Three days after retiring, Southern Weekly in-house censor Zeng Li is dead. The story via SCMP:
Zeng Li had become a prominent figure during the weekly's protest against censorship in January. His farewell letter has been shared on Weibo thousands of times on Thursday and caused widespread soul-searching about the state of the media in China.
Japan’s highly respected daily The Asahi Shimbun suggested in an article on Monday that Xi Jinping was unhappy with the way the “media control division” handled last week’s Southern Weekly ordeal. Specifically, Xi was unhappy with the way Liu Yunshan, chief of the propaganda department and a longtime Hu Jintao guy, forced newspapers around the... Read more »
In Guangzhou recently, the German TV station Zweites Deutsches Fernsehen (ZDF) was interviewing a young man about Southern Weekly when a team of plainclothes police allegedly swooped in and smuggled him into a white van. The description on the YouTube video from channel ChinaNewsChannal suggests that the officers kidnapped the man, Jiang Di, because he was giving the... Read more »
Sina Weibo was recently aflutter with Yi Nengjing, also known as Annie Yi, Inō Shizuka, and formerly Wu Jingy. As Tea Leaf Nation tells us, born in 1969 to a political family, Yi has been somewhat of an atypical pop star, often clashing with media and remaining outspoken even at the cost of potential endorsements. She’s taken... Read more »
China’s Internet censors are really outdoing themselves with the Southern Weekend scandal. Not only have they blocked searches for “Southern Weekend” on Sina Weibo and other microblogs, they’re making some attempts to block discussion within the Chinese diaspora.
Media reports say that some Southern Weekly journalists were told they could return to their former posts and that the paper would publish today, as normal. It's yet to arrive. We'll keep an eye on people who are in Guangzhou keeping an eye on this.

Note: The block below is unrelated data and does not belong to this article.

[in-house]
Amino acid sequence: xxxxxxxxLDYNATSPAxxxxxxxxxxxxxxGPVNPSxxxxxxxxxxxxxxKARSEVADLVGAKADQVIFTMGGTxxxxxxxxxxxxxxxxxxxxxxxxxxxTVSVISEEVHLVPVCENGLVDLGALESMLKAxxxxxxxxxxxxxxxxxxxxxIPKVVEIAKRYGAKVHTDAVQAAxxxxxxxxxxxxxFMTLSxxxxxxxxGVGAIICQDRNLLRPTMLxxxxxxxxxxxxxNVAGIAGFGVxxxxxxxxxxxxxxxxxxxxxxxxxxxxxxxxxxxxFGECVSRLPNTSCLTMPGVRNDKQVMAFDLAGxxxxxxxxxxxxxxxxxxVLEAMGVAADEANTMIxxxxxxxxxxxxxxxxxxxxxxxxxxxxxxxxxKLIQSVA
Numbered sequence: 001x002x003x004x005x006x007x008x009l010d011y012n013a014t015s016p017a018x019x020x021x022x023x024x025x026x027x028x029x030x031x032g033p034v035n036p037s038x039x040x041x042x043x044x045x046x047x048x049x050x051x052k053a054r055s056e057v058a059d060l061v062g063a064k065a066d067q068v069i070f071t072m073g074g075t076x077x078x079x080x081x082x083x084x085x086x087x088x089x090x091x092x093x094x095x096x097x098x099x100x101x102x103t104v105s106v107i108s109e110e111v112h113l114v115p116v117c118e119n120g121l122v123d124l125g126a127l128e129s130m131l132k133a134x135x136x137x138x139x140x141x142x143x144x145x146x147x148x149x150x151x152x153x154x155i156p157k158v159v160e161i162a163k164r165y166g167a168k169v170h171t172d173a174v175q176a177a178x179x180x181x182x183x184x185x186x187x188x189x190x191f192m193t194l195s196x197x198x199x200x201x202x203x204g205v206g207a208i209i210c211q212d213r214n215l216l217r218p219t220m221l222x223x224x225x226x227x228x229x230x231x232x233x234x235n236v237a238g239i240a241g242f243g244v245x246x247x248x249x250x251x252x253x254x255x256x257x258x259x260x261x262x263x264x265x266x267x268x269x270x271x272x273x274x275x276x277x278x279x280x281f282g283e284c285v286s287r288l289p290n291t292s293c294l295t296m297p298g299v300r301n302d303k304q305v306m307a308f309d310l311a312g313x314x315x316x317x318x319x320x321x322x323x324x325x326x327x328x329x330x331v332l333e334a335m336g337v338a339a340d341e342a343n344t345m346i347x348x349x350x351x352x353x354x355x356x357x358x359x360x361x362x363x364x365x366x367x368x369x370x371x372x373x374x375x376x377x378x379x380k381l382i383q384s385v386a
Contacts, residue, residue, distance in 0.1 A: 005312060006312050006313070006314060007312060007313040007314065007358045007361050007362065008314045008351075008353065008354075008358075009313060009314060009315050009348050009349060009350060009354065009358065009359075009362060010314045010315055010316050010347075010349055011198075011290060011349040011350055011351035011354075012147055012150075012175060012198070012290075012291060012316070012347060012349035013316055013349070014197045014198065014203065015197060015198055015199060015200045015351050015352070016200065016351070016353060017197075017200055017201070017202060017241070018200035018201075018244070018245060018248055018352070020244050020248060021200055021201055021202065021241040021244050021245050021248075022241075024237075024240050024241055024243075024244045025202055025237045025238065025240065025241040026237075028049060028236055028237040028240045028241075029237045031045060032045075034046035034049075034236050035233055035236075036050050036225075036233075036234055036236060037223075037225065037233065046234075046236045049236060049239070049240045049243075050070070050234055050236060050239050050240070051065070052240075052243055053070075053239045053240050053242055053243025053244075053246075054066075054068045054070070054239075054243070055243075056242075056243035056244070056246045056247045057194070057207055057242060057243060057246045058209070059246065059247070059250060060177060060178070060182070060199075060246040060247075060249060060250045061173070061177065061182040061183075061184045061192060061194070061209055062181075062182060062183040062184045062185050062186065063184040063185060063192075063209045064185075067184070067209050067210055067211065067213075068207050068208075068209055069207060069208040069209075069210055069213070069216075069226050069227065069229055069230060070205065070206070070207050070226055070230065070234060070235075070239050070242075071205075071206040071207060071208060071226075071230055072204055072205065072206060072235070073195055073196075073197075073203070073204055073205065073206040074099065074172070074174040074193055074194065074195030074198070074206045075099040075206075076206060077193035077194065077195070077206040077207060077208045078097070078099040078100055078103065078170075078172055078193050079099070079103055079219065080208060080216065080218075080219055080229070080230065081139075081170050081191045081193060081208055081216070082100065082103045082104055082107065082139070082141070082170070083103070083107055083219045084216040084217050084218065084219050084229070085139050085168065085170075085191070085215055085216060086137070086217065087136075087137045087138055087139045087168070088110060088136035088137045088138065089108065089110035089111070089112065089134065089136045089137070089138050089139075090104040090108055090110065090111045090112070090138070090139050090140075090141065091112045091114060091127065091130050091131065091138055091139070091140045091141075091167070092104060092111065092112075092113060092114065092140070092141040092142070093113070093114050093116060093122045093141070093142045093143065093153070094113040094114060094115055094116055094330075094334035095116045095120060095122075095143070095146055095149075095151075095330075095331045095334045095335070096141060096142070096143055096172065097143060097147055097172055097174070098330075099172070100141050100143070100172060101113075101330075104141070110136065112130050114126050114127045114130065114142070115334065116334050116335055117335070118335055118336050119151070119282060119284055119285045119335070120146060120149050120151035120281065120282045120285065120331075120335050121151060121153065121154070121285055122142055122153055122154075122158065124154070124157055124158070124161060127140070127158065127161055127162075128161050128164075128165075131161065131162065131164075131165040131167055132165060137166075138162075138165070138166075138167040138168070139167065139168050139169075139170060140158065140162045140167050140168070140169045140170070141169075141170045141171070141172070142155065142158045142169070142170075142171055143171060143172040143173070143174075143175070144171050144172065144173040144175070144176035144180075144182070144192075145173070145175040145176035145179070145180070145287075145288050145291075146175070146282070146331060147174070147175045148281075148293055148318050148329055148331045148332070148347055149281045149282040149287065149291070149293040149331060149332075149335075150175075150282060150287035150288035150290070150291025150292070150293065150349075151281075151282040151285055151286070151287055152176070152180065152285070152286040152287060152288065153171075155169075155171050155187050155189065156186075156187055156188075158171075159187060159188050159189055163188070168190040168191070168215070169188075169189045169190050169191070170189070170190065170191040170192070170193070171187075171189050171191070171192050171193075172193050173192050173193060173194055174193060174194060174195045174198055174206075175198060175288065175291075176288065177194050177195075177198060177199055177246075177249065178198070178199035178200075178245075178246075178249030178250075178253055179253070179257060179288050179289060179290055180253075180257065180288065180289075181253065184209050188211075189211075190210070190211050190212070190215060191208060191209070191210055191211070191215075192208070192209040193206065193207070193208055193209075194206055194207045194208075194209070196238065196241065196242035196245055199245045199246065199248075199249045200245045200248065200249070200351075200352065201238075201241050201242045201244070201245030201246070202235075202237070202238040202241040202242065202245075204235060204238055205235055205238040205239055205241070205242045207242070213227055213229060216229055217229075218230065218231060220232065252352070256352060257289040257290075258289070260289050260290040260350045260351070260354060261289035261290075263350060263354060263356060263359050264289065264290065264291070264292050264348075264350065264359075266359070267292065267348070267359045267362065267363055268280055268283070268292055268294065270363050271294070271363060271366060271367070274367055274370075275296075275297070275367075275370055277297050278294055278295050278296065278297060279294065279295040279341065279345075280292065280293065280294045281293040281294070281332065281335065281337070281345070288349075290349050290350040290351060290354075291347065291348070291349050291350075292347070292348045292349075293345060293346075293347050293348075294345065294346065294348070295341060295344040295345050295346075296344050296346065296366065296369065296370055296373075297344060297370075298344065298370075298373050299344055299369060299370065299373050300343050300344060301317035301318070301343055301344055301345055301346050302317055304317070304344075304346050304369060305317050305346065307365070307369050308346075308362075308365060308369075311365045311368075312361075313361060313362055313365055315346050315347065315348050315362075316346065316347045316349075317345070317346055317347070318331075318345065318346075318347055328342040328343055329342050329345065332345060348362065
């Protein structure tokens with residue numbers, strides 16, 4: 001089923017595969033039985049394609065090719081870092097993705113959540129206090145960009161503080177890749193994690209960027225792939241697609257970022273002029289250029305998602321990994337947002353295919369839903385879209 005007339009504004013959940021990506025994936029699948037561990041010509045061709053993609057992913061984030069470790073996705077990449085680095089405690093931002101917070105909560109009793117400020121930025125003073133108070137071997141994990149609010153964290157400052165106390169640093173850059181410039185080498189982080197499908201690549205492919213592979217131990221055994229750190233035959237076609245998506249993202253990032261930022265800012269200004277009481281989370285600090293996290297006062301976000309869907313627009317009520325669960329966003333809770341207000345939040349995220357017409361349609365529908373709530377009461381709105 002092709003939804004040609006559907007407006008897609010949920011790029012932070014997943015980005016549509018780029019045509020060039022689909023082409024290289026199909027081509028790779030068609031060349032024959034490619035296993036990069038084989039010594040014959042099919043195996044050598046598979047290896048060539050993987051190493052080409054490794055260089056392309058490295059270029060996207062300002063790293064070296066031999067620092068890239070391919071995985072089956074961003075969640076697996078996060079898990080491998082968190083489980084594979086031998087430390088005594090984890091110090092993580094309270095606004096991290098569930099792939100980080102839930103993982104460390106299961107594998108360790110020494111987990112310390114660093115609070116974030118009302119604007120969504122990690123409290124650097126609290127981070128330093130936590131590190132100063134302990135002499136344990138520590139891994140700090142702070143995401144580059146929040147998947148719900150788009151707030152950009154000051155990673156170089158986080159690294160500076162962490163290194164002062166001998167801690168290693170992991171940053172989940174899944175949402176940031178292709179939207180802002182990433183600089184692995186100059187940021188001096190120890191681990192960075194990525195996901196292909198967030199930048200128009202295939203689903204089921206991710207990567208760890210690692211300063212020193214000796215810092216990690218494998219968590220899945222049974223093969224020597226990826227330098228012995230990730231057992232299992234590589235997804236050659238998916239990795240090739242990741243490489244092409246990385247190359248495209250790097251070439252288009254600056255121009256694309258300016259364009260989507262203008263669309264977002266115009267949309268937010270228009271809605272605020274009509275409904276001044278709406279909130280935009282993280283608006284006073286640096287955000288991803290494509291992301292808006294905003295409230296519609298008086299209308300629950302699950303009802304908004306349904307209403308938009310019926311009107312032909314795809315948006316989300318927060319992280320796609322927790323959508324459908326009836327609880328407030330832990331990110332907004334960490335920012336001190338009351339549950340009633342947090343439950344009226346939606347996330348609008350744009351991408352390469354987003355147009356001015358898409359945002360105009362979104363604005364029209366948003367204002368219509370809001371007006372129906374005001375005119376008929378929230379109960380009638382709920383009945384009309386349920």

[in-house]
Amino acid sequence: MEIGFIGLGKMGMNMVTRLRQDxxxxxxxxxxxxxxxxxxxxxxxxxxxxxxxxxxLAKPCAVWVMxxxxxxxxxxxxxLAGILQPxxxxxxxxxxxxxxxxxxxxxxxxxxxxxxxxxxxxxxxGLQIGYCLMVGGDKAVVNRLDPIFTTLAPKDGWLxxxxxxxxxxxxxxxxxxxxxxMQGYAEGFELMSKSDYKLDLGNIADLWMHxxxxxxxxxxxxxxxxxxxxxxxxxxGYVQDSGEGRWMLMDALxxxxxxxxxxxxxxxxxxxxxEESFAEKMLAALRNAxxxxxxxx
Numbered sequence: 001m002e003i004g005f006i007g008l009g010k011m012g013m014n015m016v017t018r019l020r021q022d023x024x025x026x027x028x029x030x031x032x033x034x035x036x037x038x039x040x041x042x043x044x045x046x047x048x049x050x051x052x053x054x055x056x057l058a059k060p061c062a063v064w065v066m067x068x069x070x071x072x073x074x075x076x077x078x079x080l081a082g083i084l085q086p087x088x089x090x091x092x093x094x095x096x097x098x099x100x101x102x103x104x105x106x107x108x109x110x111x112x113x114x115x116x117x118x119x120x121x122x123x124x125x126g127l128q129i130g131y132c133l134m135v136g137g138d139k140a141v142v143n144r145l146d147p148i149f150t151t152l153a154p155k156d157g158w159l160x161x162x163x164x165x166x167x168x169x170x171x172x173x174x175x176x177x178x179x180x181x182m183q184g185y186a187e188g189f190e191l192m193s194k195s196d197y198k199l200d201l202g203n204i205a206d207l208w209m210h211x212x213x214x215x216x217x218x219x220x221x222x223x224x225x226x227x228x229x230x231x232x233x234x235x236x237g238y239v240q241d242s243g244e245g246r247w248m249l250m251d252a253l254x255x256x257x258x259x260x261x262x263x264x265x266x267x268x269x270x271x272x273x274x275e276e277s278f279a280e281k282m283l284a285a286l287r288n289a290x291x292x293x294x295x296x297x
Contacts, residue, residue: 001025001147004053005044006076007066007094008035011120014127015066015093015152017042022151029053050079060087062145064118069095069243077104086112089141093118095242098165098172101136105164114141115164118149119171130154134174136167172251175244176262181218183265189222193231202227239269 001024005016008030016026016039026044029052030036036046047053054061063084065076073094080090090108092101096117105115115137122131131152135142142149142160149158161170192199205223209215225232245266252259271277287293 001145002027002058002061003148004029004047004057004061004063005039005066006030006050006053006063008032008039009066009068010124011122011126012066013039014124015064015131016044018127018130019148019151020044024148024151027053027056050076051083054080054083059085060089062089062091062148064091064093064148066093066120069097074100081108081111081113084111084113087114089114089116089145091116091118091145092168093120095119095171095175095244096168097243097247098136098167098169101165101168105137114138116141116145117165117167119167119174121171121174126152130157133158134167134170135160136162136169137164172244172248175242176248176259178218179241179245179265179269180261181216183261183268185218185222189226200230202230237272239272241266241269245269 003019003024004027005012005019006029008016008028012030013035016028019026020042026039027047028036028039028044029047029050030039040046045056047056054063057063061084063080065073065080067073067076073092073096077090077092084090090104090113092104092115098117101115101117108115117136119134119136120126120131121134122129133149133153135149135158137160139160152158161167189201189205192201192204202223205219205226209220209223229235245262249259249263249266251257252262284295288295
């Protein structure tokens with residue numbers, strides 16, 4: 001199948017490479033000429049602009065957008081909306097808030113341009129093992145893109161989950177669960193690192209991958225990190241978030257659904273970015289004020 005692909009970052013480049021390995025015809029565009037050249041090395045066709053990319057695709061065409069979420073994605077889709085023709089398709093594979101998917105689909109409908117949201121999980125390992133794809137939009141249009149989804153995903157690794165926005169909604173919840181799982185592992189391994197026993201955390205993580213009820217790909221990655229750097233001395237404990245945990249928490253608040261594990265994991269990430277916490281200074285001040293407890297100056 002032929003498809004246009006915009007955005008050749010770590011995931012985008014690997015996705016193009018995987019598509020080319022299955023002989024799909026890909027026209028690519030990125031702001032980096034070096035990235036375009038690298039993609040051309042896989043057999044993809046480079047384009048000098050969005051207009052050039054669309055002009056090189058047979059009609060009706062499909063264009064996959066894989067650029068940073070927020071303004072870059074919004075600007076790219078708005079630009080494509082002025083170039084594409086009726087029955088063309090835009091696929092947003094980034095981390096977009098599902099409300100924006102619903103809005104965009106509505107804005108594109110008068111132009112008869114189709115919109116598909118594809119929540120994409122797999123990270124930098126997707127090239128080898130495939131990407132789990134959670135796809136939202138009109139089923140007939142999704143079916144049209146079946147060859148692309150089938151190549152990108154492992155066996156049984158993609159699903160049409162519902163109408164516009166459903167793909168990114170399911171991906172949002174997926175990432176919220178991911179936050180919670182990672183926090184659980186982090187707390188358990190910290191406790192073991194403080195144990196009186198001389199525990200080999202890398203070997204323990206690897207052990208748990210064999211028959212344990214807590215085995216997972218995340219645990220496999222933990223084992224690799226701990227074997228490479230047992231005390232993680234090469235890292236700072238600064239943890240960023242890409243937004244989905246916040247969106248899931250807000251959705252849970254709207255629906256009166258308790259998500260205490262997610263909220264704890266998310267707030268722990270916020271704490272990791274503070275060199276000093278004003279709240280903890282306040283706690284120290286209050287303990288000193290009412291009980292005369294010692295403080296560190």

The Central Propaganda Department can force papers to run their government-line editorials, but even with the power vested in them by the Party, it can't determine where those op-eds appear.
Like, say, next to a humongous ad for pesticide control.
More than a few journalists and observers have averred the significance of the Southern Weekly "incident," but the actual story has appeared to fall short of their expectations. As I wrote two days ago, "But is this really a watershed moment for media rights in China, as some hope... or will we return to our jobs soon and let the more vested parties enter negotiations on the future of both Tuo Zhen and Southern Weekly?" There's nothing wrong with hoping, but as Zhongnanhai points out, sometimes we would do well to step back to view the story in its proper context.
Two big Southern Weekly updates this morning. First, it appears the ripples have spread to Beijing News, a sibling publication to Southern Weekly under the ownership of Nanfang Media Group, where the top publisher has resigned instead of publishing a pro-government editorial.
We just received a tip, one person removed, from the public relations office at the Nanfang Media Group that Southern Weekly has been cancelled. No new content will be published on the website or under the name “Southern Weekly” (also known as Southern Weekend). The Nanfang Group’s PR staff, which has been sequestered inside their office... Read more »
China Digital Times, with its indispensable series on leaked directives from the “Ministry of Truth,” published this amazing leaked memo from China’s propaganda department yesterday: Central Propaganda Department: Urgent Notice Concerning the Southern Weekly New Year’s Message Publication Incident: Responsible Party committees and media at all levels must be clear on three points related to this matter:
We're in the second day of censorship protests outside the offices of Southern Weekly in Guangzhou. Today: leftists have come to bat for the government, young men give speeches, and Chinese media rally to Southern Weekly's cause in the only way they can.
For the first time in more than 20 years, according to SCMP, a major newspapers’s editorial staff in China has gone on strike to protest government censorship. They were on the streets this afternoon in Guangzhou, outside Southern Weekly’s offices, scattering chrysanthemums and other flowers, periodically chanting for democracy and human rights. It’s been basically peaceful... Read more »
It began as a strongly worded letter. When journalists at the Guangdong daily paper Southern Weekly returned to work on Thursday to find a section had been altered by a propagandist — headline changed, article replaced — they published an open letter demanding “an investigation into the incident.” They named names, in particular accusing Guangdong propaganda chief Tuo Zhen of... Read more »
The page editor at Southern Weekly, a Guangdong daily newspaper, left work two days ago thinking his section was set. The next day, he and everyone else discovered a pro-government introductory message in their paper, headlined “Pursuing dreams,” that no one had previously seen, according to SCMP.